New Look 6148 almond rock

Now we know I’m a big fan of New Look patterns… Ok so sometimes it doesn’t connect, but mostly I’m in love and they’re my go to pattern company.

New Look 6148 almond rock

This top is a case in point. I love the modern yoke on the main view as well as the sleeve variations on offer. There is a slightly curved centre back seam to offer secret shaping which I like. And the pattern envelope isn’t horrendous either!

I made the straight 8 around the top, sleeves and bust and graded out to a 14 at the hips. I’ve done this so many times on NL patterns I could do it by heart. If I didn’t like cake and cider so much maybe I’d be cutting a straight 8 throughout but let’s call it genetics.

New Look 6148 almond rock

My fabrics are bright blue and black microfibre polyesters from my local market stall. I had about 3/4 of a metre of each in the bottom of my scrap bin.

Throw in an overlocked yoke edge, french seams everywhere else and some “gossamer” cotton (aka super light and silky) bias binding and this top was finished in JUST OVER AN HOUR. Boom!

That includes overlocking the sides of my back bodice and then unpicking it as I changed my mind to using the French seams.

New Look 6148 almond rock

As you can see I went for black on the yoke and back with blue just at the front. There’s so much room for playing with colour and print here. Especially if you’re adding the sleeves.

I seriously cannot understand why there are so few finished versions out there on the Internet. My favourite hobby is checking out how others have made and styled a garment that’s in my sewing queue.

In my mind this is the perfect beginner pattern.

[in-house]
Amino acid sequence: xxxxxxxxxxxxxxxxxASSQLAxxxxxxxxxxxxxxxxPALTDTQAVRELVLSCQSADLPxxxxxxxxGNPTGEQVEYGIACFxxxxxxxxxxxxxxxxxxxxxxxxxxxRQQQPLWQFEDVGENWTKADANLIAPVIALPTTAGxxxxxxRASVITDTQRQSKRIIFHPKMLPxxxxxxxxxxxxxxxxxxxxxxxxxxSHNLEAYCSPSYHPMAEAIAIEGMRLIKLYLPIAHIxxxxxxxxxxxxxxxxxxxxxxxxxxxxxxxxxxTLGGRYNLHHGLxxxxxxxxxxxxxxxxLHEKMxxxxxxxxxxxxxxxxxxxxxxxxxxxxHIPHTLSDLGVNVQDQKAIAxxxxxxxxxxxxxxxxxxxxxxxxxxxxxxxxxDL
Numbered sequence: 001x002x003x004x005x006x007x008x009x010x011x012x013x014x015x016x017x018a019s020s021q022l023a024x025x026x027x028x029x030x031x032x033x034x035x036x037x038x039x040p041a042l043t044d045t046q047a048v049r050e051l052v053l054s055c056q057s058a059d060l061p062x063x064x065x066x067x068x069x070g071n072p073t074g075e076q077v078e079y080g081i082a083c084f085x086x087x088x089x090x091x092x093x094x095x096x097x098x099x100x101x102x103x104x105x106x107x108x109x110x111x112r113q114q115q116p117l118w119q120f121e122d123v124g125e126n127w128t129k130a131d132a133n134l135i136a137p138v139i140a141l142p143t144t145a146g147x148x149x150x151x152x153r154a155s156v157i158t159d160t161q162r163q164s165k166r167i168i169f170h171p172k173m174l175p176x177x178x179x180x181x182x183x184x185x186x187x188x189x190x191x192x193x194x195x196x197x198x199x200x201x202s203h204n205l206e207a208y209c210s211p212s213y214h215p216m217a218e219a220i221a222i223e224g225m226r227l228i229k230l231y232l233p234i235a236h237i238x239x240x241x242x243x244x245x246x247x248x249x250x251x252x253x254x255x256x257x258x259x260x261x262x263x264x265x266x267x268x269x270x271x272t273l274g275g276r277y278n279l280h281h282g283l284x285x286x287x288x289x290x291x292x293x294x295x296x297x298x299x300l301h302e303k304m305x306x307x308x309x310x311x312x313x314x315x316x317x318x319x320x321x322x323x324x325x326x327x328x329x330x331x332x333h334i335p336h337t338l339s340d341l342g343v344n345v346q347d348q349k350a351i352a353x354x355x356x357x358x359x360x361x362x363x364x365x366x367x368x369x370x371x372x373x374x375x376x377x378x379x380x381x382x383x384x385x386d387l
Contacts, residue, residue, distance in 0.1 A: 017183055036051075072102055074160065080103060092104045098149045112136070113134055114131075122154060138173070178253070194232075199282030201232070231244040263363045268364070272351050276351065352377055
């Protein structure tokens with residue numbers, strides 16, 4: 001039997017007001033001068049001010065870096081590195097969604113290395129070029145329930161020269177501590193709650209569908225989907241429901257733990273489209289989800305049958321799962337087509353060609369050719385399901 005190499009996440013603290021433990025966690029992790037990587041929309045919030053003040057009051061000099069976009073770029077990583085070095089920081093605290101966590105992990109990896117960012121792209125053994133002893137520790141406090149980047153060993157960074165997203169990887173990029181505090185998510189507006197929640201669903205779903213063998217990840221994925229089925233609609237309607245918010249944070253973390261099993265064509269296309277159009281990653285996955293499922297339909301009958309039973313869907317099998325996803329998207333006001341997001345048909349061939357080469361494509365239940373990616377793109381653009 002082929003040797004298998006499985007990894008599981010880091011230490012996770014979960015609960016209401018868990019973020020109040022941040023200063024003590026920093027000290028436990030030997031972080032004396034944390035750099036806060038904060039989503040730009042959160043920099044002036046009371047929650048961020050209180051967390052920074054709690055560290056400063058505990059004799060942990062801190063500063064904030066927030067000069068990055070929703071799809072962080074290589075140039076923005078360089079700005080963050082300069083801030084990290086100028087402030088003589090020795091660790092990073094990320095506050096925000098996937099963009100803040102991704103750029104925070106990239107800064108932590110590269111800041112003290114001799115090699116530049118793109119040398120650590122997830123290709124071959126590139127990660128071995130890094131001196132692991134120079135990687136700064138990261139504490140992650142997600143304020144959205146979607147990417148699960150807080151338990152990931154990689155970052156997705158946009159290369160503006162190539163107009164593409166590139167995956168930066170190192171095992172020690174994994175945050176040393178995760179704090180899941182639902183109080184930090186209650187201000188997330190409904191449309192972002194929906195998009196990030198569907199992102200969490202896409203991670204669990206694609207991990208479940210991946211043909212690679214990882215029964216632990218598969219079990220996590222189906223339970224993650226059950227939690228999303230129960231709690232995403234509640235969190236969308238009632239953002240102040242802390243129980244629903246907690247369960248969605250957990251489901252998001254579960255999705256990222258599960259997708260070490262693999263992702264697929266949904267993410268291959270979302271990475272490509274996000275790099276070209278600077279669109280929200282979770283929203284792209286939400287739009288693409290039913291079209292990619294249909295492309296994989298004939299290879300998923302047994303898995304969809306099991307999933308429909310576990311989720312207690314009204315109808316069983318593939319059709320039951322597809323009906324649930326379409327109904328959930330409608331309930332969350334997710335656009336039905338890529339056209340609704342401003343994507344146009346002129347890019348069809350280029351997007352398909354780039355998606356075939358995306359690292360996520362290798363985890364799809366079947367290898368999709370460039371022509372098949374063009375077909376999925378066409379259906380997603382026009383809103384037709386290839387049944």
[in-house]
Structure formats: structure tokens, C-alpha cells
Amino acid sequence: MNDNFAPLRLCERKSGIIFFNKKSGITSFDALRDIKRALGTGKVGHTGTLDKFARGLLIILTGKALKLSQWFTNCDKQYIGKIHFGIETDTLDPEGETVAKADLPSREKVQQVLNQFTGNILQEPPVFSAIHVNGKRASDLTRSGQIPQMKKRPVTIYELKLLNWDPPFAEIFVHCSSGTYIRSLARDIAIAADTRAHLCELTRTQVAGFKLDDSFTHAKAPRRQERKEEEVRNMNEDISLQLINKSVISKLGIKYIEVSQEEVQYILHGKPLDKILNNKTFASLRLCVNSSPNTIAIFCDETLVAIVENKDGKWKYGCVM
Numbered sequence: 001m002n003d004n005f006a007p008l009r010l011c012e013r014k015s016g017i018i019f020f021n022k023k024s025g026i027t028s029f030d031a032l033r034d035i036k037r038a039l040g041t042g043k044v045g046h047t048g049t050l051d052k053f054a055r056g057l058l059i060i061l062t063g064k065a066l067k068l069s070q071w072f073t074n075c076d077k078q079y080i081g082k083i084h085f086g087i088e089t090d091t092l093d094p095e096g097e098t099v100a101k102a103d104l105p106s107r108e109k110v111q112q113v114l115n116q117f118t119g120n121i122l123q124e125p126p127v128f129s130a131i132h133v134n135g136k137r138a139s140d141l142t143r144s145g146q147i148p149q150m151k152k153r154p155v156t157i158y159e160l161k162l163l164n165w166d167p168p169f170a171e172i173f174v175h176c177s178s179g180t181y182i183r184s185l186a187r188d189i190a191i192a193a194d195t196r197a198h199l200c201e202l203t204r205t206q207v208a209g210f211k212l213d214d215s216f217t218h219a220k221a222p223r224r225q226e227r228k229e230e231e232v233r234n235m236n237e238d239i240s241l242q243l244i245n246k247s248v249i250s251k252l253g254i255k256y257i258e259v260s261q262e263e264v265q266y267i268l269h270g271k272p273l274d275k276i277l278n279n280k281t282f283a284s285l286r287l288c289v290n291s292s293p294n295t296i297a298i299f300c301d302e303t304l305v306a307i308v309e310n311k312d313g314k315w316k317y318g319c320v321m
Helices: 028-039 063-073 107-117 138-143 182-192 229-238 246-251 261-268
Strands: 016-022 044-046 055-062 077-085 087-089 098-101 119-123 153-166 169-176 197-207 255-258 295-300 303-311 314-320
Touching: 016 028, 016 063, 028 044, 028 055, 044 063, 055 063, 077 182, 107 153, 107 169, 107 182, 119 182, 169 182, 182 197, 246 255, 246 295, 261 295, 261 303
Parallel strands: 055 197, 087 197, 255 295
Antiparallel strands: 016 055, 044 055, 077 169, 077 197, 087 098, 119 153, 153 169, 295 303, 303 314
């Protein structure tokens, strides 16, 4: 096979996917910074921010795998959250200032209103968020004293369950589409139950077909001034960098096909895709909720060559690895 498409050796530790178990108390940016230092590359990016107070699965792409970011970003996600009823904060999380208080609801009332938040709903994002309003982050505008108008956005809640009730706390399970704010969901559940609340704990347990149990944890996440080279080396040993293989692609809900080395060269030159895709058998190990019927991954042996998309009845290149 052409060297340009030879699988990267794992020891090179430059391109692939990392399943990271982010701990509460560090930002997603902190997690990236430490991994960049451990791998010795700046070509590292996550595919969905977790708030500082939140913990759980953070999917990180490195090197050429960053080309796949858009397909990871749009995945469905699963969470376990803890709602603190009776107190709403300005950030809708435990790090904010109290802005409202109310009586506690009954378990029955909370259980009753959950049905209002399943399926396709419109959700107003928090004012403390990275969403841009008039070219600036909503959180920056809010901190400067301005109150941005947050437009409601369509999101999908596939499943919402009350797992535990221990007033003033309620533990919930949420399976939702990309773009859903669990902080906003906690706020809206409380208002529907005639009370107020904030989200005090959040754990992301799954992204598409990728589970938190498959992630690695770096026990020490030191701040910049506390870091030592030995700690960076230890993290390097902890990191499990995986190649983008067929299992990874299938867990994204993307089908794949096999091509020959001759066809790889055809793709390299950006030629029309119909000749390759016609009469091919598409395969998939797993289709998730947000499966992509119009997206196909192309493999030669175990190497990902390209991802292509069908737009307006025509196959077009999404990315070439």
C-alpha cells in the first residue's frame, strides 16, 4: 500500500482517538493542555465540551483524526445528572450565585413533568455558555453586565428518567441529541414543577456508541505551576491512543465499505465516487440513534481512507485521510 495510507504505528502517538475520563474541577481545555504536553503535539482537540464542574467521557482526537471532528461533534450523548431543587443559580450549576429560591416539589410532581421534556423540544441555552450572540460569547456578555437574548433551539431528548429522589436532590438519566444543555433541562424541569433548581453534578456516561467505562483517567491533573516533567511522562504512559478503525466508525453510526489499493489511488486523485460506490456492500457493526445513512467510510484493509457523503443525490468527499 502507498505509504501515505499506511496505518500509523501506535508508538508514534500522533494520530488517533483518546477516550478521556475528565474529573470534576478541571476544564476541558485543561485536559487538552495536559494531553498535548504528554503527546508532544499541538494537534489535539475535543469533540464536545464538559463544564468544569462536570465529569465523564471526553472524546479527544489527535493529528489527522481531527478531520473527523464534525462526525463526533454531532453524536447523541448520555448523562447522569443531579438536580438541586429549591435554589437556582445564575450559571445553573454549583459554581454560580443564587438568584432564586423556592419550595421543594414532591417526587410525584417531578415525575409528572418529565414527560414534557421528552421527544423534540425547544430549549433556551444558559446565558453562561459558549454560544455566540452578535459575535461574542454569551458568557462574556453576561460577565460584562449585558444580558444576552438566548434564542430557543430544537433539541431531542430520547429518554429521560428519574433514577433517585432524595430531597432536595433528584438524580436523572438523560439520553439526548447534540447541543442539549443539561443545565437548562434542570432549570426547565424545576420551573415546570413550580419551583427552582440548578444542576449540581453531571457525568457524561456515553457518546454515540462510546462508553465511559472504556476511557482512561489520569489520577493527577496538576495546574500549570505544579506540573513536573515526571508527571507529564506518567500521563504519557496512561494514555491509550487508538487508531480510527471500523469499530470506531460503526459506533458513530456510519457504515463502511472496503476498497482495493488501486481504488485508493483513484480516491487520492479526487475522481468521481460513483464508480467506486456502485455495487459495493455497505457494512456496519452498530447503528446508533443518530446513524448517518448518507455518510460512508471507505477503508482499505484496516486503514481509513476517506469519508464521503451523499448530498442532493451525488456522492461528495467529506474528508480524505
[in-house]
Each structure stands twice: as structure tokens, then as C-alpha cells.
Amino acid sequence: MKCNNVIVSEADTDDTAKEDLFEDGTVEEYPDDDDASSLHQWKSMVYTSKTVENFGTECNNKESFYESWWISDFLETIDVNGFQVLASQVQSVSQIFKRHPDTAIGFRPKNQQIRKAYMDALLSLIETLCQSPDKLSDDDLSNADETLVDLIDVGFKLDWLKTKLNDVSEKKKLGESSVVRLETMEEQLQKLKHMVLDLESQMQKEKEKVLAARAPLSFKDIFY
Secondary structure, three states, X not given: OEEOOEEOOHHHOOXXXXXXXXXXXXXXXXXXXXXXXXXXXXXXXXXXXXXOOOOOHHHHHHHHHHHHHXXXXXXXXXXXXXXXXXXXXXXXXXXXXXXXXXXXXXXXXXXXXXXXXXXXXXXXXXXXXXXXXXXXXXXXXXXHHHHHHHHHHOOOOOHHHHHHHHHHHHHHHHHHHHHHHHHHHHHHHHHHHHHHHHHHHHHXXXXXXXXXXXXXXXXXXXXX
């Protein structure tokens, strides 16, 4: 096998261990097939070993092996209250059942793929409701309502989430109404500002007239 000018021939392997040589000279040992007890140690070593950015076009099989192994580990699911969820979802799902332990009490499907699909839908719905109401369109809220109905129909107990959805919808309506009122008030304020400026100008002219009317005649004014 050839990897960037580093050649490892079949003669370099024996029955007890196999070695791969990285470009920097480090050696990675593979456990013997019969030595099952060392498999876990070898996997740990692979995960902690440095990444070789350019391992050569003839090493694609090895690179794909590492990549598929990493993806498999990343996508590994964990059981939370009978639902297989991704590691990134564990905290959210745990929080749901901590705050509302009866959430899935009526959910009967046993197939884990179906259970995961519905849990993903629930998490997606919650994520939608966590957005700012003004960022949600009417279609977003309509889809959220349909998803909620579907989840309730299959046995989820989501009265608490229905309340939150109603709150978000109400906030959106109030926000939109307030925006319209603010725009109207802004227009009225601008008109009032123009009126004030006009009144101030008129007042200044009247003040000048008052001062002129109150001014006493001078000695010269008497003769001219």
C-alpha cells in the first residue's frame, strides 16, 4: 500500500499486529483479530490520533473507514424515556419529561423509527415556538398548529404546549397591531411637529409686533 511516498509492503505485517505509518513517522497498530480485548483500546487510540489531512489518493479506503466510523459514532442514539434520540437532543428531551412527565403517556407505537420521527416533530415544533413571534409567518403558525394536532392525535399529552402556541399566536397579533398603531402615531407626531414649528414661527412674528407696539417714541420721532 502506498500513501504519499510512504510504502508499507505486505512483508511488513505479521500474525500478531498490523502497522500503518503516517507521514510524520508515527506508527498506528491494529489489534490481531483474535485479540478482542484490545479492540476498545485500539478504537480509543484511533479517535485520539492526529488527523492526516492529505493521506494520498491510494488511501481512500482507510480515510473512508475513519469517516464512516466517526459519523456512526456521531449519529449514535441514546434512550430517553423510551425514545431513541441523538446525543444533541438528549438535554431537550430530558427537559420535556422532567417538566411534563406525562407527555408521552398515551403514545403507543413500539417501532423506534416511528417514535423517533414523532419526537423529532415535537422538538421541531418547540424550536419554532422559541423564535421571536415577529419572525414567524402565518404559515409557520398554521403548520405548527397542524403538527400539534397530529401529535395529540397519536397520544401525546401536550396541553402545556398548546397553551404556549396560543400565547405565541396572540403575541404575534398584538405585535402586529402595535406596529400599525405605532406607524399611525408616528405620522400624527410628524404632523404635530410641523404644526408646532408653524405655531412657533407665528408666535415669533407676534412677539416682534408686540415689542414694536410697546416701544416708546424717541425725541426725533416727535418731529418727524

• It has minimal pattern pieces so it quick to cut out and sew.
  • It has enough ease to make it semi-loose meaning no major agonising about fit.
  • It’s a modern fun pattern that looks great without being too difficult.
  • You can totally just pink your seams and go! Or use french seams, overlocking (with your machine or serger) or use a hong kong finish (using seam binding) to add some extra challenge.
  • The only mildly tricksy part to this pattern is sewing the V where the yoke meets the bodice, especially if you’re using a slinky fabric; but a) the V is not that steep which makes it easier, b) if you follow the instructions and go slowly it’s totally fine, I often sew these types of seams in two goes to make it even easier, and finally c) if you’re working in a stable fabric like a nice cotton lawn I don’t even think it’d be considered troublesome!

New Look 6148 almond rock

I hope I’ve shown people this pattern is quite a good and quick little make.

 Now it’s time for me to put a lot more clothes on since the weather is rather grim outside, and then I’ll crack on with some more sewing. Hope you’re all wrapped up warm too!

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Adventures in silk

This weekend featured the unlikely but wonderful trio of Silk, Mexican food, and Trains. It also involved lots of lovely people. Win!

Silk isn’t a fabric I ever thought I’d purposefully pick to sew. I have been given silk fabric as a present before and found the experience of trying to sew with it wholly terrifying.

So the idea of working with silk chiffon seemed even crazier!

I actually like chiffon… poly chiffon that is. I like its beautiful drape and transparency and the amazing prints you can get. I don’t even find it too difficult to sew with as I don’t think it snags or shifts about as easily as silk chiffon. Plus you can unpick stitches easier than in silk chiffon. And oh yes it’s cheaper than silk chiffon! Need I say more.

But when I clapped eyes of this beautiful print I had to whip up a replacement for my polka dot chiffon top.


Nice and easy! Well compared to a jacket, it turns out silk chiffon is easy.